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Open AccessArticle

Pollution and Health Risk Assessments of Potentially Toxic Elements in Soil and Sediment Samples in a Petrochemical Industry and Surrounding Area

1
Faculty of Chemistry, University of Belgrade, Studentski trg 12-16, 11000 Belgrade, Serbia
2
Centre of Excellence in Environmental Chemistry and Engineering–ICTM, University of Belgrade, Njegoševa 12, 11158 Belgrade, Serbia
3
Innovation Center, Faculty of Chemistry, University of Belgrade, Studentski trg 12-16, 11000 Belgrade, Serbia
*
Authors to whom correspondence should be addressed.
Academic Editors: Giuseppe Scarponi, Silvia Illuminati, Anna Annibaldi and Cristina Truzzi
Molecules 2019, 24(11), 2139; https://doi.org/10.3390/molecules24112139
Received: 16 April 2019 / Revised: 27 May 2019 / Accepted: 30 May 2019 / Published: 6 June 2019
The pollution state and health risk assessment of potentially toxic elements (PTE) in soil and sediment samples of the petrochemical industry and its surrounding area are evaluated in this study. The pseudo-total contents of Ba, Cd, Co, Cu, Cr, Mn, Ni, Pb, V, Zn, As, Hg, and Se were measured by inductively coupled plasma–optical emission spectrometry (ICP/OES) in analyzed samples. Instead of determining total content, we performed aqua regia of the samples. The silicate matrix remained, and the quantities of elements that are within the silicate matrix do not represent an environmental danger. The soils from the chlor–alkali plant are highly polluted by Hg (the enrichment factor values were above 6000), and by Cu, Cd, Pb, and Zn, while the sediment samples from the wastewater channel are polluted with Cr, Cd, and Hg. The measured element contents are used for calculating health risk criteria for a composite worker (a worker who is exposed, long-term, during the work day) and for residential people. Hg is the element that mainly contributes to non-carcinogenic risks within the petrochemical area. The highest value of total carcinogenic risk obtained in the sediment sample from the wastewater channel, and the metal that mostly contributes is Cr. The areas closest to the petrochemical industry have higher values of health risk criteria parameters and pollution indices. The areas that are located further to the north and south from the petrochemical industry are less burdened with the analyzed elements, which is significant because the closest city and village are situated in those directions. View Full-Text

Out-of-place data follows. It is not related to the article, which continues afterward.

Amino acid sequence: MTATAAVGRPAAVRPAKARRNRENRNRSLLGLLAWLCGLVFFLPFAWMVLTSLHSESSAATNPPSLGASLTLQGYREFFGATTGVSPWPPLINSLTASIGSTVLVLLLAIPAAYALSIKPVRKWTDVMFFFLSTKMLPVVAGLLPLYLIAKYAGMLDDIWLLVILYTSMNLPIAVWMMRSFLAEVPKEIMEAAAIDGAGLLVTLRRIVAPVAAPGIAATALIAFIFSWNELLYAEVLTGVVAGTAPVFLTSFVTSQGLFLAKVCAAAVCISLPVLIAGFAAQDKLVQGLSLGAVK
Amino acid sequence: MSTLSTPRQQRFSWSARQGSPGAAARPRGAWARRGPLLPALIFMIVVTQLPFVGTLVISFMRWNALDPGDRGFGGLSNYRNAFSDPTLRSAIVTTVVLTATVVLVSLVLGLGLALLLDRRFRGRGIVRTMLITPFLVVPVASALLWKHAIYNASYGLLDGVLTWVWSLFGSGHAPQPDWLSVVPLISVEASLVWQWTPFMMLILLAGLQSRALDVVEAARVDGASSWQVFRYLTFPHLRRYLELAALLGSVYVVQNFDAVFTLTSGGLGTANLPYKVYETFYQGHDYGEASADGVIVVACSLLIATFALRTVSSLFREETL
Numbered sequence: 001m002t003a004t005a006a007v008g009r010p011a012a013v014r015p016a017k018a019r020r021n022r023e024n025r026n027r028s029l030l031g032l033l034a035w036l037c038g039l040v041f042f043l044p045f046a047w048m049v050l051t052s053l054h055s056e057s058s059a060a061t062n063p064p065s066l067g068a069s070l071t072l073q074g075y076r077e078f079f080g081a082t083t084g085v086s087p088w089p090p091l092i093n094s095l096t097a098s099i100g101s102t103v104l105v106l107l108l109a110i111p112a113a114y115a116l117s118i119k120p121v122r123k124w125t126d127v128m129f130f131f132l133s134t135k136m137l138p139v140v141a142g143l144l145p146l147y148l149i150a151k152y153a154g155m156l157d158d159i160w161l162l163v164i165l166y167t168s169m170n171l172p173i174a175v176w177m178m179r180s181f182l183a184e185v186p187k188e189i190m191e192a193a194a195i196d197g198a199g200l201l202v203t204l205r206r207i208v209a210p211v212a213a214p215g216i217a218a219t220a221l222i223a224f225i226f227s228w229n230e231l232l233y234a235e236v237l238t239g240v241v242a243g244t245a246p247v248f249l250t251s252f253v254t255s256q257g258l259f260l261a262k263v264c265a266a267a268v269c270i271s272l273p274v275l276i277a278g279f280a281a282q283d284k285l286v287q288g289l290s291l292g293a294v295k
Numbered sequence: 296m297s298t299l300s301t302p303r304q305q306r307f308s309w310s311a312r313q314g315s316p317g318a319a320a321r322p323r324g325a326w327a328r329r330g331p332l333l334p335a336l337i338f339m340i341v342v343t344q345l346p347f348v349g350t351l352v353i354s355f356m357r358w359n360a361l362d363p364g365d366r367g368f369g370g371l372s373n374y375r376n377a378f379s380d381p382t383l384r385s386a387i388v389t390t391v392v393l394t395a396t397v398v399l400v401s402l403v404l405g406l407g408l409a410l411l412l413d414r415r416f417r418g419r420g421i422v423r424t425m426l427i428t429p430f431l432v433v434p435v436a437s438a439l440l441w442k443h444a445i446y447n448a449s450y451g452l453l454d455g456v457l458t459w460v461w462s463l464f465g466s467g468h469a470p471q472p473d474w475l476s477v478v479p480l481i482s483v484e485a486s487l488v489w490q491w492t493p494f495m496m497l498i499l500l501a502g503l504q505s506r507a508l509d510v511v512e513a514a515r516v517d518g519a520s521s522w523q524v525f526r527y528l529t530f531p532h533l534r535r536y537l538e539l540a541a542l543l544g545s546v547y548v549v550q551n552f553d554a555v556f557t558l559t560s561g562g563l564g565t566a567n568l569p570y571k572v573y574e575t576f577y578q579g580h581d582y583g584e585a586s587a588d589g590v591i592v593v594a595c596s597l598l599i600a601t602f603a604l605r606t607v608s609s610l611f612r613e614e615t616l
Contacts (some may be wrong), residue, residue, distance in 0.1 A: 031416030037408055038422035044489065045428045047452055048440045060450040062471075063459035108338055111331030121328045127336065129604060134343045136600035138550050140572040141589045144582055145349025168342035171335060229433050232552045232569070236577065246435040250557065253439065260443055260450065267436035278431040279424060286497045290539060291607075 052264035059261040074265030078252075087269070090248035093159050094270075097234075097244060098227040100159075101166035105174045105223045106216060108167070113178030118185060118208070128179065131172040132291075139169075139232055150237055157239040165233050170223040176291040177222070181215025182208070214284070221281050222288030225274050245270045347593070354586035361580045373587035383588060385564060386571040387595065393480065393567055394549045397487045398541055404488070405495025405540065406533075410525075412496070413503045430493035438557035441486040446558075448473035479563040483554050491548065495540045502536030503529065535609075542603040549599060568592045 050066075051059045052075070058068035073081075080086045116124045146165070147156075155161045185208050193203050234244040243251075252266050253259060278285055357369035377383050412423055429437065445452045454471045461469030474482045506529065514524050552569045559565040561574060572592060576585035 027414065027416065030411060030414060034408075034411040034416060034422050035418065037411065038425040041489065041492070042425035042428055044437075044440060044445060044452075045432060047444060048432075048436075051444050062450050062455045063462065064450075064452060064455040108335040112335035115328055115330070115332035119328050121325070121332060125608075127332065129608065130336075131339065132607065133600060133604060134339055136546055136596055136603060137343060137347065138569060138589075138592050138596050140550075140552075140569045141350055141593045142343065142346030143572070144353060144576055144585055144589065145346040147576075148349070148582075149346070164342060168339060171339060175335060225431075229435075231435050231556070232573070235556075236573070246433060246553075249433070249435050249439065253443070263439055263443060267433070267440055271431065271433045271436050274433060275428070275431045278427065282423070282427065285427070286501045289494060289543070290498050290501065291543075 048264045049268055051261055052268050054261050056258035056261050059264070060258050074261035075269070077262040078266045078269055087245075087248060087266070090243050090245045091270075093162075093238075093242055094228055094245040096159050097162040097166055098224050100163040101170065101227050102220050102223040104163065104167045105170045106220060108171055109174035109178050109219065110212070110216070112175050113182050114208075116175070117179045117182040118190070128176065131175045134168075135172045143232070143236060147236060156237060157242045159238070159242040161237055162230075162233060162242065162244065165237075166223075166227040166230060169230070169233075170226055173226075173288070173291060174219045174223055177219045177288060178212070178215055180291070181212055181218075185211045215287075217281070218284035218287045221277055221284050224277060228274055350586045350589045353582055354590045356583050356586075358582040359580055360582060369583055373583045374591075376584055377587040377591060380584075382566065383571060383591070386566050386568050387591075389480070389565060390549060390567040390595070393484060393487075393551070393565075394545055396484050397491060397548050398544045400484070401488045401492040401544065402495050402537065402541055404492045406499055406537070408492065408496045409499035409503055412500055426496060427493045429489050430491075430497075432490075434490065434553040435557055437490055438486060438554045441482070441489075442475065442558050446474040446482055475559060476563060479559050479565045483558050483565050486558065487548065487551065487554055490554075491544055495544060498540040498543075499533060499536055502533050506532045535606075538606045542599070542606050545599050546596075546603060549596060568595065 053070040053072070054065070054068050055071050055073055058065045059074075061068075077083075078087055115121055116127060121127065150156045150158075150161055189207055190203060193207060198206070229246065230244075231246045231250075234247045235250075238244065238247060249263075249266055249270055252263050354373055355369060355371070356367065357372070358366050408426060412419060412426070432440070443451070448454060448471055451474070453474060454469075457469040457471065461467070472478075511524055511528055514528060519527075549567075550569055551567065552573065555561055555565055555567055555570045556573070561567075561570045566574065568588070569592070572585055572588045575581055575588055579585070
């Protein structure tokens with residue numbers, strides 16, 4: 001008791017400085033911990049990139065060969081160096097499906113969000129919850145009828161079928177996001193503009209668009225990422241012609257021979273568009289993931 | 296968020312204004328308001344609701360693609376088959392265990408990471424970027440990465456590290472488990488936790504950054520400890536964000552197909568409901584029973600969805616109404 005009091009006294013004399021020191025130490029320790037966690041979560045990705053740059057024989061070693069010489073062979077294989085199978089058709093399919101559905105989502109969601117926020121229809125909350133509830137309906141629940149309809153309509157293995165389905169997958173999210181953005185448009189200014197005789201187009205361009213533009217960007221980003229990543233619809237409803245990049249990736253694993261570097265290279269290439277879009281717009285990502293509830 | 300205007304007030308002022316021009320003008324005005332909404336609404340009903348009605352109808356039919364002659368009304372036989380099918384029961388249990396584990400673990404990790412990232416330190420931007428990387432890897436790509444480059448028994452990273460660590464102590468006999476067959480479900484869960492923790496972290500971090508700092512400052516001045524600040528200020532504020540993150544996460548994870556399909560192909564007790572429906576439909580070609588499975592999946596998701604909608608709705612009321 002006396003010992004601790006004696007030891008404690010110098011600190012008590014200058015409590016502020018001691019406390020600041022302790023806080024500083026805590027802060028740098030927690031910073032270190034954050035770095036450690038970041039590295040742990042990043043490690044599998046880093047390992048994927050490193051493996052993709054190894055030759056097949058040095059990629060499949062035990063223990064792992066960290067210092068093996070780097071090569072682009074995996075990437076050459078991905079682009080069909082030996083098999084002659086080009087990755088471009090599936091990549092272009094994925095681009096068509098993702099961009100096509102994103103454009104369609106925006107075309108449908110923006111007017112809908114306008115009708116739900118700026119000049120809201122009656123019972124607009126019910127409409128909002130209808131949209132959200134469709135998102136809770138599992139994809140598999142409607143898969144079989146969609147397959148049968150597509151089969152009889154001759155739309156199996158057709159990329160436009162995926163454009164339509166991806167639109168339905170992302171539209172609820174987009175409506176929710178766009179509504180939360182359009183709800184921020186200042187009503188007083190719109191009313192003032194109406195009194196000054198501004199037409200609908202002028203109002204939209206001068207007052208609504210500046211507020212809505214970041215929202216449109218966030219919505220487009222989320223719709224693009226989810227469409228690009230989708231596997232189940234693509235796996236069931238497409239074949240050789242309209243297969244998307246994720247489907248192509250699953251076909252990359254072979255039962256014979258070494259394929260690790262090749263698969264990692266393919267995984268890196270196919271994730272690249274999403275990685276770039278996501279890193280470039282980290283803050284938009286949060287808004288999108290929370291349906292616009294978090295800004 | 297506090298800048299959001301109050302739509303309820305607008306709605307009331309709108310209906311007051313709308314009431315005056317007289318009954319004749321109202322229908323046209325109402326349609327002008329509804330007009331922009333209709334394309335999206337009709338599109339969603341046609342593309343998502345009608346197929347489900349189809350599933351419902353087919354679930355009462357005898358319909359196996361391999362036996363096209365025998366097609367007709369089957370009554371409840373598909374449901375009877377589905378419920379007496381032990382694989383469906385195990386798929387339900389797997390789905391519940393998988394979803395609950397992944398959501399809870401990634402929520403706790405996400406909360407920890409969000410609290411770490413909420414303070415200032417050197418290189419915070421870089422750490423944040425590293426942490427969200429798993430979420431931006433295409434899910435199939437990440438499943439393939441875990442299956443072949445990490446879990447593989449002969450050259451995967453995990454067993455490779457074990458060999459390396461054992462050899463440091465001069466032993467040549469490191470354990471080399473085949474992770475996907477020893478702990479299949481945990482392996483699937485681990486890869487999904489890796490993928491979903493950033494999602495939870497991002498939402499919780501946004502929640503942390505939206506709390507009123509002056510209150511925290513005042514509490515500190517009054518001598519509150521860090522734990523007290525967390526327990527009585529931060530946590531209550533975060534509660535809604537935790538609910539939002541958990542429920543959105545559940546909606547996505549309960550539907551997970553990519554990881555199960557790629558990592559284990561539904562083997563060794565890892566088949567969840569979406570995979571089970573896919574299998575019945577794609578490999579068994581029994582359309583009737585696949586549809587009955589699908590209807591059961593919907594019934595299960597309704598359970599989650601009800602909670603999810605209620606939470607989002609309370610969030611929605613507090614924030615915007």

Keywords: potentially toxic elements; petrochemical industry-workers; non-industrial area-residential people; pollution indices; health risk assessment potentially toxic elements; petrochemical industry-workers; non-industrial area-residential people; pollution indices; health risk assessment
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MDPI and ACS Style

Relić, D.; Sakan, S.; Anđelković, I.; Popović, A.; Đorđević, D. Pollution and Health Risk Assessments of Potentially Toxic Elements in Soil and Sediment Samples in a Petrochemical Industry and Surrounding Area. Molecules 2019, 24, 2139.

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